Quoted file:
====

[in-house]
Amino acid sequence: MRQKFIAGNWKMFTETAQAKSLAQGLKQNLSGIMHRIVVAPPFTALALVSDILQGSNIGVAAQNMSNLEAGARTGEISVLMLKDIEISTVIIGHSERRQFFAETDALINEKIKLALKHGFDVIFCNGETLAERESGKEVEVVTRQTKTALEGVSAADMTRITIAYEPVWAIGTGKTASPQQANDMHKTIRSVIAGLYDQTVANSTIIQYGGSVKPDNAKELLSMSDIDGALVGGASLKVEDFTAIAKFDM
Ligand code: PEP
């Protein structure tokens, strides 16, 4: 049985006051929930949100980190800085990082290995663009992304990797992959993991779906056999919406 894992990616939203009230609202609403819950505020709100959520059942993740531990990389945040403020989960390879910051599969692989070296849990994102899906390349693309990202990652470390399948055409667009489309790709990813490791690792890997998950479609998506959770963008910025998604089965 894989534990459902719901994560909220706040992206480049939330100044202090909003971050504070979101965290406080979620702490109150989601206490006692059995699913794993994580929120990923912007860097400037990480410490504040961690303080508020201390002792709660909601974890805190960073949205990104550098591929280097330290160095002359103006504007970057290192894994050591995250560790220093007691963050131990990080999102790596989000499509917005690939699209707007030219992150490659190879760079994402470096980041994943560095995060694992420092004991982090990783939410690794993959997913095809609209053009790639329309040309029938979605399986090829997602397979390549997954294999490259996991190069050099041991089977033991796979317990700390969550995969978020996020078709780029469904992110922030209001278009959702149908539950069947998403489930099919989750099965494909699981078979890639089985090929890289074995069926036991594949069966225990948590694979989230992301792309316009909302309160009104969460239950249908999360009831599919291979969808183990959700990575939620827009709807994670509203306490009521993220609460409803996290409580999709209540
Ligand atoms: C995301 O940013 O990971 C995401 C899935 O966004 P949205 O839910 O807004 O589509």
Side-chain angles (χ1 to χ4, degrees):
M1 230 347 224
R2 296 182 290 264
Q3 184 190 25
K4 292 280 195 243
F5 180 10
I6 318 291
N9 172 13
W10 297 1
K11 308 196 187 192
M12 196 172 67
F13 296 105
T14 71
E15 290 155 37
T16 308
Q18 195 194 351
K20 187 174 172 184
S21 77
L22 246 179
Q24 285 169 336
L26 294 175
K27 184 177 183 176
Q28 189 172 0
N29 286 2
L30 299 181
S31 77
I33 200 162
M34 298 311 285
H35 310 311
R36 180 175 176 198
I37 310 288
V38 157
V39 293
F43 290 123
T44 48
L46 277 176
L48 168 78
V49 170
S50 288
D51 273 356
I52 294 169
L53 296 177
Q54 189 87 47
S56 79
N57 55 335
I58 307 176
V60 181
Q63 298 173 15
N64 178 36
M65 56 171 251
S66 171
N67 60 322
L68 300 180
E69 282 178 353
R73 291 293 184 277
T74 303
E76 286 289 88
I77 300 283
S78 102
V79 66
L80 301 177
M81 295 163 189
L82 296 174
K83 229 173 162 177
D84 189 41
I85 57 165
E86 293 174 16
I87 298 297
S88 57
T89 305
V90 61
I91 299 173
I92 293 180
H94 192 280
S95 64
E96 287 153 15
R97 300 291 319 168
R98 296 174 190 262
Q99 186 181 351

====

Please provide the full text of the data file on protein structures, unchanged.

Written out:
[in-house]
Amino acid sequence: MRQKFIAGNWKMFTETAQAKSLAQGLKQNLSGIMHRIVVAPPFTALALVSDILQGSNIGVAAQNMSNLEAGARTGEISVLMLKDIEISTVIIGHSERRQFFAETDALINEKIKLALKHGFDVIFCNGETLAERESGKEVEVVTRQTKTALEGVSAADMTRITIAYEPVWAIGTGKTASPQQANDMHKTIRSVIAGLYDQTVANSTIIQYGGSVKPDNAKELLSMSDIDGALVGGASLKVEDFTAIAKFDM
Ligand code: PEP
């Protein structure tokens, strides 16, 4: 049985006051929930949100980190800085990082290995663009992304990797992959993991779906056999919406 894992990616939203009230609202609403819950505020709100959520059942993740531990990389945040403020989960390879910051599969692989070296849990994102899906390349693309990202990652470390399948055409667009489309790709990813490791690792890997998950479609998506959770963008910025998604089965 894989534990459902719901994560909220706040992206480049939330100044202090909003971050504070979101965290406080979620702490109150989601206490006692059995699913794993994580929120990923912007860097400037990480410490504040961690303080508020201390002792709660909601974890805190960073949205990104550098591929280097330290160095002359103006504007970057290192894994050591995250560790220093007691963050131990990080999102790596989000499509917005690939699209707007030219992150490659190879760079994402470096980041994943560095995060694992420092004991982090990783939410690794993959997913095809609209053009790639329309040309029938979605399986090829997602397979390549997954294999490259996991190069050099041991089977033991796979317990700390969550995969978020996020078709780029469904992110922030209001278009959702149908539950069947998403489930099919989750099965494909699981078979890639089985090929890289074995069926036991594949069966225990948590694979989230992301792309316009909302309160009104969460239950249908999360009831599919291979969808183990959700990575939620827009709807994670509203306490009521993220609460409803996290409580999709209540
Ligand atoms: C995301 O940013 O990971 C995401 C899935 O966004 P949205 O839910 O807004 O589509």
Side-chain angles (χ1 to χ4, degrees):
M1 230 347 224
R2 296 182 290 264
Q3 184 190 25
K4 292 280 195 243
F5 180 10
I6 318 291
N9 172 13
W10 297 1
K11 308 196 187 192
M12 196 172 67
F13 296 105
T14 71
E15 290 155 37
T16 308
Q18 195 194 351
K20 187 174 172 184
S21 77
L22 246 179
Q24 285 169 336
L26 294 175
K27 184 177 183 176
Q28 189 172 0
N29 286 2
L30 299 181
S31 77
I33 200 162
M34 298 311 285
H35 310 311
R36 180 175 176 198
I37 310 288
V38 157
V39 293
F43 290 123
T44 48
L46 277 176
L48 168 78
V49 170
S50 288
D51 273 356
I52 294 169
L53 296 177
Q54 189 87 47
S56 79
N57 55 335
I58 307 176
V60 181
Q63 298 173 15
N64 178 36
M65 56 171 251
S66 171
N67 60 322
L68 300 180
E69 282 178 353
R73 291 293 184 277
T74 303
E76 286 289 88
I77 300 283
S78 102
V79 66
L80 301 177
M81 295 163 189
L82 296 174
K83 229 173 162 177
D84 189 41
I85 57 165
E86 293 174 16
I87 298 297
S88 57
T89 305
V90 61
I91 299 173
I92 293 180
H94 192 280
S95 64
E96 287 153 15
R97 300 291 319 168
R98 296 174 190 262
Q99 186 181 351